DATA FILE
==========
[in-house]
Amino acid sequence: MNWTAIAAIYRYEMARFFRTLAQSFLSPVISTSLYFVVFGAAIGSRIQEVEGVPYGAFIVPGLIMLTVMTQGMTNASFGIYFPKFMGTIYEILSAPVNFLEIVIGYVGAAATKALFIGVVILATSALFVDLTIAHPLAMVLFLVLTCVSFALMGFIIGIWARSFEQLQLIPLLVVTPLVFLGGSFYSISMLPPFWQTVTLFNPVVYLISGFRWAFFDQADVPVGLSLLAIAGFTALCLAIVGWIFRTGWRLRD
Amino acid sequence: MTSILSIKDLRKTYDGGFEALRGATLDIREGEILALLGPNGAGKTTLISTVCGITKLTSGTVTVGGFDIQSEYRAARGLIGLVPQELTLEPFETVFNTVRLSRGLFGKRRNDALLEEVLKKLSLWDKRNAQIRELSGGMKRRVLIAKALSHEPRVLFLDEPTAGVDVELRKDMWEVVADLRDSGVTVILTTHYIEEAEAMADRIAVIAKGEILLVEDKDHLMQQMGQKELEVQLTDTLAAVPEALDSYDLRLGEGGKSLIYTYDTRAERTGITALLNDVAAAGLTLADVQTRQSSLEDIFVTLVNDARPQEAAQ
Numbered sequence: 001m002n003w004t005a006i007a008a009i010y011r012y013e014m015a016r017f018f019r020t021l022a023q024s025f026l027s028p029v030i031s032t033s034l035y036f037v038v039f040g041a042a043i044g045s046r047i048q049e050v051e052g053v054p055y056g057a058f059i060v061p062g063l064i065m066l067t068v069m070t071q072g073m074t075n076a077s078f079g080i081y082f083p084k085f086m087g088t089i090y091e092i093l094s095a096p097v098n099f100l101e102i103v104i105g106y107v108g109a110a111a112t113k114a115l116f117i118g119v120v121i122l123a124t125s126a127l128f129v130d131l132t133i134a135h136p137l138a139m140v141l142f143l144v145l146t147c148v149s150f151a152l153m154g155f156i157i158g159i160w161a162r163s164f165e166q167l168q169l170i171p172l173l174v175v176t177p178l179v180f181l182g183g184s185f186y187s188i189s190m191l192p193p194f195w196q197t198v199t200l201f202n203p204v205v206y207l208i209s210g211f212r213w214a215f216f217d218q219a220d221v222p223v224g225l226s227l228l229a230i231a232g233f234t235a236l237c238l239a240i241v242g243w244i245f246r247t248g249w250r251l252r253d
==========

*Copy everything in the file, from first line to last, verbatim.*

[in-house]
Amino acid sequence: MNWTAIAAIYRYEMARFFRTLAQSFLSPVISTSLYFVVFGAAIGSRIQEVEGVPYGAFIVPGLIMLTVMTQGMTNASFGIYFPKFMGTIYEILSAPVNFLEIVIGYVGAAATKALFIGVVILATSALFVDLTIAHPLAMVLFLVLTCVSFALMGFIIGIWARSFEQLQLIPLLVVTPLVFLGGSFYSISMLPPFWQTVTLFNPVVYLISGFRWAFFDQADVPVGLSLLAIAGFTALCLAIVGWIFRTGWRLRD
Amino acid sequence: MTSILSIKDLRKTYDGGFEALRGATLDIREGEILALLGPNGAGKTTLISTVCGITKLTSGTVTVGGFDIQSEYRAARGLIGLVPQELTLEPFETVFNTVRLSRGLFGKRRNDALLEEVLKKLSLWDKRNAQIRELSGGMKRRVLIAKALSHEPRVLFLDEPTAGVDVELRKDMWEVVADLRDSGVTVILTTHYIEEAEAMADRIAVIAKGEILLVEDKDHLMQQMGQKELEVQLTDTLAAVPEALDSYDLRLGEGGKSLIYTYDTRAERTGITALLNDVAAAGLTLADVQTRQSSLEDIFVTLVNDARPQEAAQ
Numbered sequence: 001m002n003w004t005a006i007a008a009i010y011r012y013e014m015a016r017f018f019r020t021l022a023q024s025f026l027s028p029v030i031s032t033s034l035y036f037v038v039f040g041a042a043i044g045s046r047i048q049e050v051e052g053v054p055y056g057a058f059i060v061p062g063l064i065m066l067t068v069m070t071q072g073m074t075n076a077s078f079g080i081y082f083p084k085f086m087g088t089i090y091e092i093l094s095a096p097v098n099f100l101e102i103v104i105g106y107v108g109a110a111a112t113k114a115l116f117i118g119v120v121i122l123a124t125s126a127l128f129v130d131l132t133i134a135h136p137l138a139m140v141l142f143l144v145l146t147c148v149s150f151a152l153m154g155f156i157i158g159i160w161a162r163s164f165e166q167l168q169l170i171p172l173l174v175v176t177p178l179v180f181l182g183g184s185f186y187s188i189s190m191l192p193p194f195w196q197t198v199t200l201f202n203p204v205v206y207l208i209s210g211f212r213w214a215f216f217d218q219a220d221v222p223v224g225l226s227l228l229a230i231a232g233f234t235a236l237c238l239a240i241v242g243w244i245f246r247t248g249w250r251l252r253d